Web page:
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the creditors of his intention, and the time and place of sitting, examine witnesses, and determine the question, although no previous resolution of the creditors shall have taken place.

104. If any manager or trustee, misapply or withhold improperly any money, or securities for money, or effects of the Insolvent estate, which have come to his hands, and fail to replace the same according to the order of the commissioner, the commissioner may in his discretion seize the effects of such trustee or manager, and sell the same to satisfy the default, and also imprison the person of the defaulter until satisfaction be made, or he be discharged as an insolvent debtor.

105. If any chairman, manager, trustee, or auditor, shall act corruptly, negligently, or unskilfully in his office, a general meeting of creditors may impeach him, and a subsequent one remove him, and appoint another in his place.

106. Upon the sequestration of the debtor's goods, and until the first meeting of his creditors, he shall be committed to the House of Detention; and if he then fail to give a true statement of his affairs, or prevaricate, or appear to have acted fraudulently, or afford reason to suspect that he may abscond, he is to be recommitted until such time as he gains “a certificate," or is "convicted."

107. After a sequestration, or surrender of a debtor's property, and pending the investigation of his affairs, aliment money may be allowed to him, in the discretion of the commissioner.

108. The commissioner may direct the attendance (as witnesses,) of the debtor's wife, family, and servants, as well as of other persons, and make such order of payment for their trouble and expenses, as he may think fit.

109. If any person voluntarily discover any part of a debtor's property, which has been concealed, after forty-two days from the order for surrender, or after the debtor has given in his schedule of effects, he shall be entitled to 57. per cent. on the value of the property so discovered.

110. If a debtor receive a certificate from the commissioner, that he is simply an "insolvent debtor," he shall be exempt from all claims for the debts he then owes, until such time, if ever, as he acquires so much new property, as besides his tools, apparel, furniture, and a moderate and necessary portion of stock in trade, is sufficient to pay one fourth part of the amount of debts then remaining unpaid, and from time to time, as often as his surplus property shall amount to one fourth of the old debts remaining unpaid after the first dividend, he shall divide the same, until the debts are extinguished, provided that if the debtor fail to use his best assistance, in recovering debts owing to his estate, or to dispose of property belonging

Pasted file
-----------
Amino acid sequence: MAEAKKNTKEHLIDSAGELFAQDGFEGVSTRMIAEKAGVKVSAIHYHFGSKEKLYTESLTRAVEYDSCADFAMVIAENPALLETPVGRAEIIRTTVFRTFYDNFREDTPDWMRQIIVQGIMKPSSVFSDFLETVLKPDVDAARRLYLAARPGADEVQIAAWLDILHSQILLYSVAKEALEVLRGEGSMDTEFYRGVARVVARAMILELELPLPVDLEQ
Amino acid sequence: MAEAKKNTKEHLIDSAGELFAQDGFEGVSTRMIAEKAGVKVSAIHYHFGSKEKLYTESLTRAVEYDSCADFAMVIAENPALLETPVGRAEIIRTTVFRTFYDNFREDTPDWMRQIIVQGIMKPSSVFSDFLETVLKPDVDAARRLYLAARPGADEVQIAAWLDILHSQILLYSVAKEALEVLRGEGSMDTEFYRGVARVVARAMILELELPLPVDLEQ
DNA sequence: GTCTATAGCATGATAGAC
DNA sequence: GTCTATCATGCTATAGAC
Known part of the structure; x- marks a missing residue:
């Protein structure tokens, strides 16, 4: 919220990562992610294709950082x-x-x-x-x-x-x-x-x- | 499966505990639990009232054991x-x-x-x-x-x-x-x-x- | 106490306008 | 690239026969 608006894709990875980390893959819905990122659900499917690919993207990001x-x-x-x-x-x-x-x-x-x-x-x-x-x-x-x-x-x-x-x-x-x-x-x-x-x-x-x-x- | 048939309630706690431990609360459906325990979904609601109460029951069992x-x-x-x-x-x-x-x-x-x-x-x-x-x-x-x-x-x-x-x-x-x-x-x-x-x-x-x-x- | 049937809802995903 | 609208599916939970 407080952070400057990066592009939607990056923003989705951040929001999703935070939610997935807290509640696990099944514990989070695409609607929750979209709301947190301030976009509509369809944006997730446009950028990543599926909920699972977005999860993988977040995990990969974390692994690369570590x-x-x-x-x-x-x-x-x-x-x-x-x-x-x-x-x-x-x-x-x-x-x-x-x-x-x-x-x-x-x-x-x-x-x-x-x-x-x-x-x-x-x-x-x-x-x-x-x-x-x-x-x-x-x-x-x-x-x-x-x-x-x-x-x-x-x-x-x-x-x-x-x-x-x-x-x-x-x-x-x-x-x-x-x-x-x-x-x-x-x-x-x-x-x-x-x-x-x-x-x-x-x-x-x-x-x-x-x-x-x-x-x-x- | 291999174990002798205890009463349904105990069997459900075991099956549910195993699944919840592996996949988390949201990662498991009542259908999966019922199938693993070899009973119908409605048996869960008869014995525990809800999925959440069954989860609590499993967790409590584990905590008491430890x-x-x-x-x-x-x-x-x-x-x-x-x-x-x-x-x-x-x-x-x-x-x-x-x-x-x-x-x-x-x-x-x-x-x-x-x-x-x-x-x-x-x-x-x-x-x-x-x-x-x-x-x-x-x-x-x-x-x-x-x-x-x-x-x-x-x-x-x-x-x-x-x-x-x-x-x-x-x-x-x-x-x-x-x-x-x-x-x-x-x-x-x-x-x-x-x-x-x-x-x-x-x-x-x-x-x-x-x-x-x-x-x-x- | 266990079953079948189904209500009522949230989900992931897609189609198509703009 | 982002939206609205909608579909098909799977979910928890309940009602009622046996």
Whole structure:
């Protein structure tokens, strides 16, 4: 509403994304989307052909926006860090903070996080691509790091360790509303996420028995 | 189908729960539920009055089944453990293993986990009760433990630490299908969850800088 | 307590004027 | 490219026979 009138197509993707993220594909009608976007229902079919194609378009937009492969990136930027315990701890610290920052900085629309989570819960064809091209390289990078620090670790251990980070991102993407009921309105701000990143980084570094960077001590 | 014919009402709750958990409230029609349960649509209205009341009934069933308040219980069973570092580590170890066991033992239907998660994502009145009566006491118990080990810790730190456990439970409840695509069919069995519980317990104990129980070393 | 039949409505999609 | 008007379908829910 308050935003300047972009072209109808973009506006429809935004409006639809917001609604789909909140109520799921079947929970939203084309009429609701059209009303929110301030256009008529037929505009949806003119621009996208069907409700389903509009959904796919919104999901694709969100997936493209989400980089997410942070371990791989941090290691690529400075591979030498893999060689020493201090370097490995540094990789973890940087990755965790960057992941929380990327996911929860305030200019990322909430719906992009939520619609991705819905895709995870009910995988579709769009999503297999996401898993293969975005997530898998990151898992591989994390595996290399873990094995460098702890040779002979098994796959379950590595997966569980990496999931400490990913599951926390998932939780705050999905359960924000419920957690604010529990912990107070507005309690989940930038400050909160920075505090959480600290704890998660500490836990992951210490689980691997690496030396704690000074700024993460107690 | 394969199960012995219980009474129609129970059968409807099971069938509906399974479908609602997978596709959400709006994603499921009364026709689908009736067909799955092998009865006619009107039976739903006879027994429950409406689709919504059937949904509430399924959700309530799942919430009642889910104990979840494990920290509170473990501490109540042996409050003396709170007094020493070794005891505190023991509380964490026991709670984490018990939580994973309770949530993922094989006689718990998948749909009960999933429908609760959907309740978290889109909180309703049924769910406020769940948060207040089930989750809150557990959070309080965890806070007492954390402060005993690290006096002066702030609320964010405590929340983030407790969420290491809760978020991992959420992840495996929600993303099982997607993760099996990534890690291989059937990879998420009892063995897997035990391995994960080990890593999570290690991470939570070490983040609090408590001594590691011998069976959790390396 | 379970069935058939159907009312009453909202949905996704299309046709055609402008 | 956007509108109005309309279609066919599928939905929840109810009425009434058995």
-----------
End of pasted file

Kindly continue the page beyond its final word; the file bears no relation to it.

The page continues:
to his estate, and duly to account for the same; or if he conceal any property which he ought to have accounted for, or surrendered; or if he live extravagantly, or gamble, or give, or assign his gains away to the prejudice of his creditors, while his debts remain undischarged; or acquiring such new property, he fail to divide it as often as it amounts to one fourth of the amount of debts he left unpaid as aforesaid, or within six months afterwards, his certificate shall be void, and the protection afforded thereby cease.

111. From the time that a debtor is declared insolvent all property he may acquire becomes liable to sequestration, under the order of the commissioner, (subject to the limitation provided in favor of such as obtain certificates of simple insolvency,) until such time as his debts are discharged; and upon the representation of a creditor to the commissioner, that the debtor has acquired any new property, or of a discovery of old property, which he concealed under a former examination, the commissioner may resume the powers of sequestration, before used, and retake the debtor and his effects, and reassemble his creditors, and institute a new enquiry into the state of his affairs, and distribution of his effects.


A description and classification of Offences and Crimes, with their respective Penalties annexed.

A careful consideration of the nature of the offences which disturb society, leads to a conclusion, that the whole results either from dishonest attempts on the property of others, from ungoverned passions, or from resistance to, and abuse of the administration of justice. The whole are therefore arranged under one or other of these three grand divisions.

The first division, DISHONESTY, is resolved into two sections: first, Cheating, which is procuring a willing surrender of another's goods by artful means.-Secondly, Stealing, which is taking another's goods against his will. The second division, UNGOVERNED PASSIONS, is also resolved into two sections: first, Lust; and secondly Malice. The third division, Offences AGAINST AND IN THE ADMINISTRATION OF JUSTICE, is also subdivided into two sections: first, Offences in legal proceedings; secondly, Offences affecting the Government.